PAGE 17

needtobeaskedtogaincertaintyAmorochoandEspildora,1973.Weconsiderprecipitationand streamowdatasetsusedinthisstudyasdiscretedatasetswithnitenumbersofvalues,making H X t anacceptablemeasureforboth. Wemeasuredthedependencyofstreamowvaluesonprecipitationusingmutualinformation. Mutualinformationiscalculatedusingentropy, H X t ,andconditionalentropy.Conditionalentropyaccountsforreductionsinthevariabilityofonevariableduetohavingknowledgeabout anothervariable.Conditionalentropyisdenedas H X j Y = )]TJ/F25 10.9091 Tf 10.303 8.182 Td [(PP p x;y log 2 p x j y andisa measureoftheentropyofavariable, X ,ifthevalueofanothervariable, Y ,isknownCoverand Thomas,2006.Forexample,inthisstudyweexpectthattheuncertaintyofstreamowwillbe reducedgivenknowledgeofpreviousrainfallevents.Mutualinformationuses H X t and H X j Y tomeasurethereductionofuncertaintyofXwithknowledgeofY,andviceversaFigureIII.2b. MutualinformationiscalculatedasfollowsCoverandThomas,2006: I X t ;Y t = H X t )]TJ/F19 10.9091 Tf 10.909 0 Td [(H X t j Y t III.1 Acommonlyusedexampleofinformationtheorycalculationsisacointosswhichhastwoequally likelyoutcomes,headsortails,eachwiththeprobabilityofoccurrenceof0.5.Asdenedabovethe entropyofacointossisequalto log 2 =1 becauseoftheequallikelihoodofeitheroutcome.If thecoinisbiasedsothatoneresultbecomesmorelikelythananother,theentropy,oruncertainty oftheoutcomewillbereduced.Ifweconsiderthecointosstobearandomvariable,wenotethat onecointosshasnoinuenceonthenext.Inotherwords,givensomedistributionofheadsortails, knowledgeofpastcointossesprovidesnoinformationaboutfutureresults.However,real-world processes,suchasprecipitation,havetimedependentfeatures,wheretheuncertaintyofthefuture statecanbereducedbytheknowledgeofthepast.Forexample,rainfalloftenhappensinmultiple daysequences,suchthattheknowledgeofrainfallyesterdayhelpstopredictthestateofrainfall today.Thisexempliesareductioninentropyduetotheknowledgeofanothervariableorapast state.Thisreductioninuncertainty,ormutualinformation,iscalculatedasthedierencebetween entropyofavariableandtheconditionalentropyofthesamevariablegivenknowledgeofsomething else. 10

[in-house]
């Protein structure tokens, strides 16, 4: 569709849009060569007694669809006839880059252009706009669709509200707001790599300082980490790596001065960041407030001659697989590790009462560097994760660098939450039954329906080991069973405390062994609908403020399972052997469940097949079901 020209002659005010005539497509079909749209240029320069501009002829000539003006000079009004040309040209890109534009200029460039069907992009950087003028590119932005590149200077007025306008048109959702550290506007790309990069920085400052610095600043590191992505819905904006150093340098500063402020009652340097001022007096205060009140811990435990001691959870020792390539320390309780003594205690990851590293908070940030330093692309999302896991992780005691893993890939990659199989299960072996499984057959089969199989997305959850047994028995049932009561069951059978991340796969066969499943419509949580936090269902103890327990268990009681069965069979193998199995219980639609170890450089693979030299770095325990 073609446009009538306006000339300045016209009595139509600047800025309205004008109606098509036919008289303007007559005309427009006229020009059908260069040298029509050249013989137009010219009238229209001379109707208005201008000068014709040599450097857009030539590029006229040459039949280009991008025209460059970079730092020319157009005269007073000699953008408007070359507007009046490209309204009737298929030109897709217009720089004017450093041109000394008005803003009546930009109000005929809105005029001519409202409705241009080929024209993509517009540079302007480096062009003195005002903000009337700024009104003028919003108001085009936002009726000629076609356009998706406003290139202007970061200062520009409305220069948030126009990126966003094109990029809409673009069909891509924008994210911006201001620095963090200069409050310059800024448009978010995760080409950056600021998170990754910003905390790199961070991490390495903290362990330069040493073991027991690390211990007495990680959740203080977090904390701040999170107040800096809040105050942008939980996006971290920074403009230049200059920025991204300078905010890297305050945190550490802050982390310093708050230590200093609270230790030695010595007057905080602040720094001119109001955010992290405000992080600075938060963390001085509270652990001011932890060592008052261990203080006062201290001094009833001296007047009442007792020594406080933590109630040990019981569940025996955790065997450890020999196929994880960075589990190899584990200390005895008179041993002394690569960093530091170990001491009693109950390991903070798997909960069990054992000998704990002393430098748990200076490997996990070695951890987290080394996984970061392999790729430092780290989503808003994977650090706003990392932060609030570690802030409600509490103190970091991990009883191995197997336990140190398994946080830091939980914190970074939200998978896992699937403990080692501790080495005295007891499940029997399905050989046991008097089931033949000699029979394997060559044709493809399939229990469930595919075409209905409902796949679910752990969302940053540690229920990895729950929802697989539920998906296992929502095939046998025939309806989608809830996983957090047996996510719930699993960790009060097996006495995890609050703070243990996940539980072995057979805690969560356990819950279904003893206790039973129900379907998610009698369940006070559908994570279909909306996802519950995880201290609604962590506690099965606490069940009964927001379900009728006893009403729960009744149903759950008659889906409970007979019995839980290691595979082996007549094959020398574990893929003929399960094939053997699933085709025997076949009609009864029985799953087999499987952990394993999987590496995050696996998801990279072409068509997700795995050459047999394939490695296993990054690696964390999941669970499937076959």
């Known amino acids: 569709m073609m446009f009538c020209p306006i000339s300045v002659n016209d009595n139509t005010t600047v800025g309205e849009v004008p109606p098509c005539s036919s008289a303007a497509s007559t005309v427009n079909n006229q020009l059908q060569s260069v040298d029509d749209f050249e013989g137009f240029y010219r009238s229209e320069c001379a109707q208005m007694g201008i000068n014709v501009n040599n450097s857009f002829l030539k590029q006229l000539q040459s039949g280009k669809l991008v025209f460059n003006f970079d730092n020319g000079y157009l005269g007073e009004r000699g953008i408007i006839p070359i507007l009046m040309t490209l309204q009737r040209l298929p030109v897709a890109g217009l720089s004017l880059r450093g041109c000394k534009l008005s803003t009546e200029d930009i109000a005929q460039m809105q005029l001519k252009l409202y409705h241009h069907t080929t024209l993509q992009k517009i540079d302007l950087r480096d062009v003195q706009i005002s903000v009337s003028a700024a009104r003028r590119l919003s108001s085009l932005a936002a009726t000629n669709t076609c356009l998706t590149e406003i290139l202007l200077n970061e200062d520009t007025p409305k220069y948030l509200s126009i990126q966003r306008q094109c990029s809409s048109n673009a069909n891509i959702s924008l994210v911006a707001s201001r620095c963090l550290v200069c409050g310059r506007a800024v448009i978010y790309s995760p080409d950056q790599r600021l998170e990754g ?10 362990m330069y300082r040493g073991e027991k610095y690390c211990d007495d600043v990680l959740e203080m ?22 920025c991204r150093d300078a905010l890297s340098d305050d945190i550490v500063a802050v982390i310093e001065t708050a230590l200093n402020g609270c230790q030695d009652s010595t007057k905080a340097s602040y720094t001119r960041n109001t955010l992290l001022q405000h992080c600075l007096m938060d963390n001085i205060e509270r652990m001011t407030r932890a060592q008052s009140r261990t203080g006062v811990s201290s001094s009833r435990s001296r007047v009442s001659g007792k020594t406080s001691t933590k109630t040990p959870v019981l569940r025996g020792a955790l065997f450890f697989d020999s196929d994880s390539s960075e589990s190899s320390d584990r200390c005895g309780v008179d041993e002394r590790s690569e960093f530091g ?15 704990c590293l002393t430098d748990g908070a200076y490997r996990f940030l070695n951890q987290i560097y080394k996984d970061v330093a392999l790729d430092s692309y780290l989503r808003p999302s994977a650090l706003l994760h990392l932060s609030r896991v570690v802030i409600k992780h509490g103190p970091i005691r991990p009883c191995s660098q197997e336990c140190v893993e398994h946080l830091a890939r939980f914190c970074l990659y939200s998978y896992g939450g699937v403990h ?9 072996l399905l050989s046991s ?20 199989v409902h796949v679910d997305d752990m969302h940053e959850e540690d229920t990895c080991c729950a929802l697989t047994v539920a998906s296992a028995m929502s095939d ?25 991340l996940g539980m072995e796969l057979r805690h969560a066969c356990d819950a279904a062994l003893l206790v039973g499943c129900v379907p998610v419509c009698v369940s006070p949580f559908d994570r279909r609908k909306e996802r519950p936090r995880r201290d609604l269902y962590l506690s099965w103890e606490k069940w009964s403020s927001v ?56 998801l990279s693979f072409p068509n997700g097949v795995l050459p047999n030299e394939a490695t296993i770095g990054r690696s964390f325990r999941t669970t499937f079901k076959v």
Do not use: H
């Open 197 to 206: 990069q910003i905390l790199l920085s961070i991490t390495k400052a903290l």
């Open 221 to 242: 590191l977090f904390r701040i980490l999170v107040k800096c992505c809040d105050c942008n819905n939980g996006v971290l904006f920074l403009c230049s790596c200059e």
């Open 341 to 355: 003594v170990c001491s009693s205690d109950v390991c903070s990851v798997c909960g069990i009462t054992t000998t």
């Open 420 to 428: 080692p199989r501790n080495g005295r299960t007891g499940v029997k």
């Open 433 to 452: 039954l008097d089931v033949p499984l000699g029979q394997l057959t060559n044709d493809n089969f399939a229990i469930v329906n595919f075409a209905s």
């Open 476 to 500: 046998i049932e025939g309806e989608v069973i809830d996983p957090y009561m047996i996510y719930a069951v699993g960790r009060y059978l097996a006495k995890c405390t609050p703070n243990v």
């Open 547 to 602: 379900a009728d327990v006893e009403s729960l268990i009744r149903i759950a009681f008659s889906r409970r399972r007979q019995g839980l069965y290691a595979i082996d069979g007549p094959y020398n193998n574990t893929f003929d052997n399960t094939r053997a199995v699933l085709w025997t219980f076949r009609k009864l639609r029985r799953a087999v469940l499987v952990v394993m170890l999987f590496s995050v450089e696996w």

PAGE 18

Hereweassessdependenceofstreamow, Q t ,onprecipitation, P t ,bycalculating I Q t ;P t whichmeasuresthereductioninuncertaintyofstreamowvalues, H Q t ,duetohavingknowledge of P t .Tocalculate I Q t ;P t wecreatedatwo-dimensionalprobabilitydistributionfunction.First, wetransformedourprecipitationdataintoabinarydatasetwithavalueof1assignedtodays withrainfalldepthaboveathresholdvalueandavalueof0assignedtodayswitharainfalldepth belowathresholdvalue.Thethresholdvaluesusedinthisstudywere0.3millimetersmm,the smallestamountofmeasurableprecipitation,andthe50thpercentileprecipitationeventsforeach precipitationgridcell.Sinceeachdayhasarainfallvaluedenedas P t asetofrainfalldatafor acertaintimeperiodhasattributes p P t = p P t =1 and p P t =0=1 )]TJ/F19 10.9091 Tf 11.41 0 Td [(p P t whichequate totheprobabilityofrainyordrydays,respectivelyGoodwellandKumar,2018.Similarly,we assigned Q t valuestooneofseventeenlinearlyspacedbinsofequalwidth.Ournaltwo-dimensional probabilitydistributionfunctionpdfissize,17andisshownschematicallyinFigureIII.2a Ourperiodofstudyis1956through2015duetodataavailability.Forthisperiod,wecalculated H Q t , H Q t j P t ,and I Q t ;P t valuesforeachseasonandyear.Wechosetoconductouranalysis seasonallyasopposedtoannuallysothatparticularseasonaltrends,whichmaybeobscuredwithin ayearlydataset,wouldbeapparent.Weuseda5-yearmovingwindowforourcalculationsto evaluatewhetherdependencieschangedovertime. Theeectof P t on Q t isexpectedtobedelayed,particularlyforlocationsfartherfromtheoutlet andstreamgauge.ThelengthoftheColoradoRiverinourbasinisapproximately235miles.If weassumeanaverageowvelocityof5milesperhourintheriver,precipitationfallingdirectly intotheriverinthegridcellfurthestfromtheoutletwilltakealmosttwodaystoreachtheoutlet. Thedelaywouldincreaseforprecipitationnotfallingdirectlyintotheriverduetoinltrationand overlandow.Toallowforthisdelay P t datawaslagged daysascomparedto Q t data,where isfrom0to7days.Sevendayswasselectedasthemaximumtimelagbecauseaweexpect mostrainfalltoexitthebasinatthistimescaleorshorterandbsincewearelookingatdaily dataoveraseasone.g.ourdataforoneseasonis90days,wewanttoretainasmuchdataas possible.Calculationsfor I Q t ;P t werecompletedusingeach P t )]TJ/F20 7.9701 Tf 6.587 0 Td [( datasetandthe Q t dataset. 11

PAGE 19